By: CCYP, Mentor Canada, OTEC and NPower Canada
A compilation of essays on lessons learned about youth labour market disengagement authored by our partner organizations: Mentor Canada, OTEC (Ontario Tourism Education Corporation) and NPower Canada.
The Research and Policy team at Canadian Council for Youth Prosperity (CCYP) is pleased to introduce a compilation of essays on lessons learned about youth labour market disengagement authored by our partner organizations: Mentor Canada, OTEC (Ontario Tourism Education Corporation) and NPower Canada.
These three organizations actively work in the youth workforce development ecosystem. The labour shortages we have been learning about in the news, relevant as they are to youth employment issues, arise from a confluence of economic factors and qualitative factors like mentorship and career development that feed into those economic factors.
The organizations above have made their contributions here after listening to their youth clients and youth advisors on their views about the labour market.
Here are the facts about youth engagement in the labour market. We know that the COVID-19 pandemic has had an outsized effect on youth employment from April 2020 and onwards.
Youth labour force participation, which represents the ‘engagement’ of 15 -24-year-olds in the labour market dropped during 2020, indicating that upon facing unemployment, youth dropped out of the labour market; they disengaged from the labour market that year.
After trending upwards since 2017, youth labour force participation rates dropped from a high of 65% in 2019 to 62% in 2020. This continued until late in 2021 when there was some recovery in youth labour participation during which time it rose to 64%. More youth were engaging/interacting with the labour market by then, either by being in active employment or actively looking for a job if unemployed.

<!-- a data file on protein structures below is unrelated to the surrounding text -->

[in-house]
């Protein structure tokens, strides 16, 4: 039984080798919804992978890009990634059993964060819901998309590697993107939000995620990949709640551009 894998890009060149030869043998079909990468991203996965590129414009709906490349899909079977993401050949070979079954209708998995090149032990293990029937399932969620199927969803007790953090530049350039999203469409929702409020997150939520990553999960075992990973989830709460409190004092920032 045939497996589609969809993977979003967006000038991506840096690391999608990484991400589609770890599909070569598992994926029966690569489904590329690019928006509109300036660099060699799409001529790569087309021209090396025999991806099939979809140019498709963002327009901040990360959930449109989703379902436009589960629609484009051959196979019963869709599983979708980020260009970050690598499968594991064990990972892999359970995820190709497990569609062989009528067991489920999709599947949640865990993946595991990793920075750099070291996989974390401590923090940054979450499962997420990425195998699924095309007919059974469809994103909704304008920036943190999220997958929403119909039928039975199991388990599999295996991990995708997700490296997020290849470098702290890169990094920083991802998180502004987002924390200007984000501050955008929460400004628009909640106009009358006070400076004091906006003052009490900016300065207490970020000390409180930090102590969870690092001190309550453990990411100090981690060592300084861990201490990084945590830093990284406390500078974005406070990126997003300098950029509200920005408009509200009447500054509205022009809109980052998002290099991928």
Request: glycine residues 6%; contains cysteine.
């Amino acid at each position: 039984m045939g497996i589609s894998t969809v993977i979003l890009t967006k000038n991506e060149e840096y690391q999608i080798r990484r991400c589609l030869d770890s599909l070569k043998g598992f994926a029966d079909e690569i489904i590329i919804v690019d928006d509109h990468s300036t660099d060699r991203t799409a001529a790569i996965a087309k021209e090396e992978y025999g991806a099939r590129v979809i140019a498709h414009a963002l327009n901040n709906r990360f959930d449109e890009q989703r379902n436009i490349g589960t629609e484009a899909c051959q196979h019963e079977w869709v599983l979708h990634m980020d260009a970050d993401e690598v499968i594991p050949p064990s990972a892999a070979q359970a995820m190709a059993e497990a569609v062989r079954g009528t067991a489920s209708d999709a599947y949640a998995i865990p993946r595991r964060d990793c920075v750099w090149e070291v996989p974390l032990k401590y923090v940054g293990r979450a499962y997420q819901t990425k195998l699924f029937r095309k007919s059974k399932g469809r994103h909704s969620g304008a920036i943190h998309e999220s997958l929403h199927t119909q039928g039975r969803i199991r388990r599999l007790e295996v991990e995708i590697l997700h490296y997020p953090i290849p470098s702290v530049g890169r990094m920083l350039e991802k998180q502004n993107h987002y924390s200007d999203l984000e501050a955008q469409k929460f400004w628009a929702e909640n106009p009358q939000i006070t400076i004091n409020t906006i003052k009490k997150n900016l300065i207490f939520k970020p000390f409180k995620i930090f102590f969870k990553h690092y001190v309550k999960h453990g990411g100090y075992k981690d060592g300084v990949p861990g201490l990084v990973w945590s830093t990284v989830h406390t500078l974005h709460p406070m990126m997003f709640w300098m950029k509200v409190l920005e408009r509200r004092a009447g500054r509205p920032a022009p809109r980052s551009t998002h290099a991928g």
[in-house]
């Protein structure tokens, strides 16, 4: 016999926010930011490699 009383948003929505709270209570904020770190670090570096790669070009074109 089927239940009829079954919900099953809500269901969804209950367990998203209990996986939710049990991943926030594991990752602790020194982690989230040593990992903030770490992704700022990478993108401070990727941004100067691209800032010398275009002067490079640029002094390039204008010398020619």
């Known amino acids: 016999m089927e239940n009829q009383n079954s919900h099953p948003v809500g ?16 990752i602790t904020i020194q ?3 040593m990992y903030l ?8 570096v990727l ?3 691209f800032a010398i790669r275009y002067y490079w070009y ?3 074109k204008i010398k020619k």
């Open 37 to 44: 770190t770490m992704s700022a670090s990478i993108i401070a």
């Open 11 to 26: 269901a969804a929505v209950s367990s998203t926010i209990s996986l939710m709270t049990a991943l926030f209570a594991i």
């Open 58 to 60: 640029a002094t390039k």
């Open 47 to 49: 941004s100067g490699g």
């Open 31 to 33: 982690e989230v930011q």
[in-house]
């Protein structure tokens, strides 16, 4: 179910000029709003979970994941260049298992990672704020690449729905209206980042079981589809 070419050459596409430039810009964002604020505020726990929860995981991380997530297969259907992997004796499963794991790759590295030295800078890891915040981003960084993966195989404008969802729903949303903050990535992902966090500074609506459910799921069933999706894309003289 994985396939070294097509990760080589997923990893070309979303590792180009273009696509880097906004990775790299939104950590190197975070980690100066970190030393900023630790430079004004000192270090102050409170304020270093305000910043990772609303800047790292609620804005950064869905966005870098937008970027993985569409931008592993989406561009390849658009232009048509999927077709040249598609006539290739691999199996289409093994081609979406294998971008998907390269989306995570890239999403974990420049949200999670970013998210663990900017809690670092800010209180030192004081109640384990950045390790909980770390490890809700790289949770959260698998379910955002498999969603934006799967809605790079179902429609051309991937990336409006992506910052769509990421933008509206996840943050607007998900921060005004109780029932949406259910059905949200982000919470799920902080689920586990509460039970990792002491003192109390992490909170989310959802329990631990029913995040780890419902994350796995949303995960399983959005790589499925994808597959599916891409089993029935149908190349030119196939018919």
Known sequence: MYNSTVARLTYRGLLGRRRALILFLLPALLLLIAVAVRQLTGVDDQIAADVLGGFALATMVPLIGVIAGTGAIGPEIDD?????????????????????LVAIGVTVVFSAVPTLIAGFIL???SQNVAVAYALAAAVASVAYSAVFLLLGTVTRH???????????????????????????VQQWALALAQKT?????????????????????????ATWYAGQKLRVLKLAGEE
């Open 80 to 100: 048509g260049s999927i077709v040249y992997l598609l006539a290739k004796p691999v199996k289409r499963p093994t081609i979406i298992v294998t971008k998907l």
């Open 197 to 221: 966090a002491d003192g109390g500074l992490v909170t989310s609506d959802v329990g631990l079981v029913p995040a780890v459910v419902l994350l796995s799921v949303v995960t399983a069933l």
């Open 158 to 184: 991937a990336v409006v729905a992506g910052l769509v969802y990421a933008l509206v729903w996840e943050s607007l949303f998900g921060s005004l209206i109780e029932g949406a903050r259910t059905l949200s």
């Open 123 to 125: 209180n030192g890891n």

This stood in contrast to the trough in youth labour participation the previous year, during the throes of the pandemic. But the shortfall in labour force participation by one percentage point in 2021 (64%) compared to 2019 (65%) does indicate that there were at least 97,000 fewer participating workers in the 15-24 age category in 2021 compared to 2019.
Some of those 97,000 "participating-in-the-labour-market" youth might have dropped out of the labour market to acquire education and skills training over that time. However, the inescapable fact is that there was 80,000 fewer youth (15-24-year-olds) in Canada in 2021 compared to 2019 (i.e. at least 80,000 youth ‘aged out’ of the youth category by 2021).
These numbers are merely suggestive of the long-known trend of ageing demographics in Canada.